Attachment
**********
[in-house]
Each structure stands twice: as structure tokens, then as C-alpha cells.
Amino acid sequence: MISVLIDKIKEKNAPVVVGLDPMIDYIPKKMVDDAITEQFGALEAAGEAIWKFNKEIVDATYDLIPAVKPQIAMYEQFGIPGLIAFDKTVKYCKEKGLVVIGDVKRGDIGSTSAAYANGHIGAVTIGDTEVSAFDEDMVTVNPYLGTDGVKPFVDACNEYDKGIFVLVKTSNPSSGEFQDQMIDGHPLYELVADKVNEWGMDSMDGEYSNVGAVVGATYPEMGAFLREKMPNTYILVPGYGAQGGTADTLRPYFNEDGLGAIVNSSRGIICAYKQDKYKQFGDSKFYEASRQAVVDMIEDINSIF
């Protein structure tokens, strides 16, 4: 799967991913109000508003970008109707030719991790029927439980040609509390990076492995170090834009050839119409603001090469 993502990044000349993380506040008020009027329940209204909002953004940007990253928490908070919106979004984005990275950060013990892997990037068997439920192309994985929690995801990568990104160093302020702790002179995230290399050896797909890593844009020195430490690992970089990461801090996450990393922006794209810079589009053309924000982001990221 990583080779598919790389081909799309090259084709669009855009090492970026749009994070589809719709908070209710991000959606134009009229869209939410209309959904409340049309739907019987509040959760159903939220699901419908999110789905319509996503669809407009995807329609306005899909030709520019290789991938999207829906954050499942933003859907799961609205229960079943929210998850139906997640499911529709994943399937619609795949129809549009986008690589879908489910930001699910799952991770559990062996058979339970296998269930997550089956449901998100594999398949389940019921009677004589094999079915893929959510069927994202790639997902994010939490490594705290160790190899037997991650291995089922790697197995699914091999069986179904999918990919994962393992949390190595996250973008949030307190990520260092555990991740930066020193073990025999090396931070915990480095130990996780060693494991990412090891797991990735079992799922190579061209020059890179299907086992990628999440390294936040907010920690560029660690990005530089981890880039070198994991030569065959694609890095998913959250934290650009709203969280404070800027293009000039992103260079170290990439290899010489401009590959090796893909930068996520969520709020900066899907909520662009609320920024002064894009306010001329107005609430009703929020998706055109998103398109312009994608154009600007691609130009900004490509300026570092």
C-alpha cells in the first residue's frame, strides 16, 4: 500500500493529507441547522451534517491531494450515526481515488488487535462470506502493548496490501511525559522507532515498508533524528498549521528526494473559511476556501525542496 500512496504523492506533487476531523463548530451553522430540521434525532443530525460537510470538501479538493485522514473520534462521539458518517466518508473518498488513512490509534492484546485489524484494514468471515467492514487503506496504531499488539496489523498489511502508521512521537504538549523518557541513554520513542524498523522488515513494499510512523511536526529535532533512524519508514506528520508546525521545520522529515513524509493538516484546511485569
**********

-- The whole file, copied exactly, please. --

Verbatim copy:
[in-house]
Each structure stands twice: as structure tokens, then as C-alpha cells.
Amino acid sequence: MISVLIDKIKEKNAPVVVGLDPMIDYIPKKMVDDAITEQFGALEAAGEAIWKFNKEIVDATYDLIPAVKPQIAMYEQFGIPGLIAFDKTVKYCKEKGLVVIGDVKRGDIGSTSAAYANGHIGAVTIGDTEVSAFDEDMVTVNPYLGTDGVKPFVDACNEYDKGIFVLVKTSNPSSGEFQDQMIDGHPLYELVADKVNEWGMDSMDGEYSNVGAVVGATYPEMGAFLREKMPNTYILVPGYGAQGGTADTLRPYFNEDGLGAIVNSSRGIICAYKQDKYKQFGDSKFYEASRQAVVDMIEDINSIF
């Protein structure tokens, strides 16, 4: 799967991913109000508003970008109707030719991790029927439980040609509390990076492995170090834009050839119409603001090469 993502990044000349993380506040008020009027329940209204909002953004940007990253928490908070919106979004984005990275950060013990892997990037068997439920192309994985929690995801990568990104160093302020702790002179995230290399050896797909890593844009020195430490690992970089990461801090996450990393922006794209810079589009053309924000982001990221 990583080779598919790389081909799309090259084709669009855009090492970026749009994070589809719709908070209710991000959606134009009229869209939410209309959904409340049309739907019987509040959760159903939220699901419908999110789905319509996503669809407009995807329609306005899909030709520019290789991938999207829906954050499942933003859907799961609205229960079943929210998850139906997640499911529709994943399937619609795949129809549009986008690589879908489910930001699910799952991770559990062996058979339970296998269930997550089956449901998100594999398949389940019921009677004589094999079915893929959510069927994202790639997902994010939490490594705290160790190899037997991650291995089922790697197995699914091999069986179904999918990919994962393992949390190595996250973008949030307190990520260092555990991740930066020193073990025999090396931070915990480095130990996780060693494991990412090891797991990735079992799922190579061209020059890179299907086992990628999440390294936040907010920690560029660690990005530089981890880039070198994991030569065959694609890095998913959250934290650009709203969280404070800027293009000039992103260079170290990439290899010489401009590959090796893909930068996520969520709020900066899907909520662009609320920024002064894009306010001329107005609430009703929020998706055109998103398109312009994608154009600007691609130009900004490509300026570092």
C-alpha cells in the first residue's frame, strides 16, 4: 500500500493529507441547522451534517491531494450515526481515488488487535462470506502493548496490501511525559522507532515498508533524528498549521528526494473559511476556501525542496 500512496504523492506533487476531523463548530451553522430540521434525532443530525460537510470538501479538493485522514473520534462521539458518517466518508473518498488513512490509534492484546485489524484494514468471515467492514487503506496504531499488539496489523498489511502508521512521537504538549523518557541513554520513542524498523522488515513494499510512523511536526529535532533512524519508514506528520508546525521545520522529515513524509493538516484546511485569